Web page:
BACKGROUND: The accountable care organization (ACO) model being adopted across the United States aims to improve patient care and reduce costs. Little is known about whether commercial ACO contracts include accountability for prescription drug spending or how ACOs are engaging outpatient pharmacies and managing prescription drug use.

OBJECTIVE: To explore how ACOs are addressing drug spending and pharmacy services—a potentially important determinant of quality and total spending.

METHODS: We used data from 2 waves of the National Survey of Accountable Care Organizations (N=270), a survey completed by ACOs that were established prior to July 2013. ACO executives were asked about ACO engagement of pharmacy services, pharmacy-related health information technology capabilities, and ACO accountability for prescription drug spending.

RESULTS: Among ACOs with commercial contracts, 77% reported being held responsible for prescription spending by their largest contract. Considering all ACOs (Medicare, Medicaid, and/or commercial contracts), 45% reported at least 1 contract included prescription drug spending responsibility. Nearly half of ACOs reported a formal relationship with a pharmacy; 26% included a pharmacy within the ACO; and 19% had contracted pharmacy services. On average, compared with those that do not, ACOs that engage pharmacies have a broader range of services and provider types, commercial and public contracts, and greater experience with payment reform.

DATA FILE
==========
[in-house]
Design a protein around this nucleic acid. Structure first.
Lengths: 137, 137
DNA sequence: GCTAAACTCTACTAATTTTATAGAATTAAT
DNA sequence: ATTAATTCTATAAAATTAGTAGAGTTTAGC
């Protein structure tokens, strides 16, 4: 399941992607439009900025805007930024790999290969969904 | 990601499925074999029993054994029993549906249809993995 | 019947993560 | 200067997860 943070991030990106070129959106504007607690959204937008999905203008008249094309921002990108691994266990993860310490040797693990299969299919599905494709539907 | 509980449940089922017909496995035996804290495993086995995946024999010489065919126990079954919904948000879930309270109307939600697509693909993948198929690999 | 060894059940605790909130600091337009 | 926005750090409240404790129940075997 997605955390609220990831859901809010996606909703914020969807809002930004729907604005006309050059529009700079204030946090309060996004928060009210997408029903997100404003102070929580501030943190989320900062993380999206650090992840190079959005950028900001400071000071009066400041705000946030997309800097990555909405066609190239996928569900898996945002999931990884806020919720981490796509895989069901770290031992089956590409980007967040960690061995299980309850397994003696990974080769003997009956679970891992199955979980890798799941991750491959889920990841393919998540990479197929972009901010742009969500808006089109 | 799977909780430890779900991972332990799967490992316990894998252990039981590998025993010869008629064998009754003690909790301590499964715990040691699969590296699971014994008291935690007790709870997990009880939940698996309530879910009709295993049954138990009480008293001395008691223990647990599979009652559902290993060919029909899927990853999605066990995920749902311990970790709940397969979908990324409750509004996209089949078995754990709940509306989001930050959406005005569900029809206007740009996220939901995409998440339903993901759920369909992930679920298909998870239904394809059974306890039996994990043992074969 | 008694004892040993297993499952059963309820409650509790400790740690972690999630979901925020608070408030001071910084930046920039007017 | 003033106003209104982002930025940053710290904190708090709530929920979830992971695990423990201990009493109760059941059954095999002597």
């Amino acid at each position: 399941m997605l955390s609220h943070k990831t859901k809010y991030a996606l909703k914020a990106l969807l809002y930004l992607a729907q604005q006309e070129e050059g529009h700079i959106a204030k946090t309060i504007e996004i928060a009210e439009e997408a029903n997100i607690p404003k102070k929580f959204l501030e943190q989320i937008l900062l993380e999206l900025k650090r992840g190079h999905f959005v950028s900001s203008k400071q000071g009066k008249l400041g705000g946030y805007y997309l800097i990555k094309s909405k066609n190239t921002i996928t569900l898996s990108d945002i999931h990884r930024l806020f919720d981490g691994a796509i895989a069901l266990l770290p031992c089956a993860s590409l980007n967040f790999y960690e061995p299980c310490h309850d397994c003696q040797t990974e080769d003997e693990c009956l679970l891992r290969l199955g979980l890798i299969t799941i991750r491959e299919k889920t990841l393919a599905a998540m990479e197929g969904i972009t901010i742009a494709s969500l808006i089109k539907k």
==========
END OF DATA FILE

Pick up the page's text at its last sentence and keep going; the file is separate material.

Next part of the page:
CONCLUSIONS: Management of pharmacy services and prescription spending will likely influence commercial ACO contract success. Given the broad potential impact of prescription use on overall spending and quality, payers might encourage integration of pharmacy services in ACOs through prescribing quality and prescription spending performance measures.


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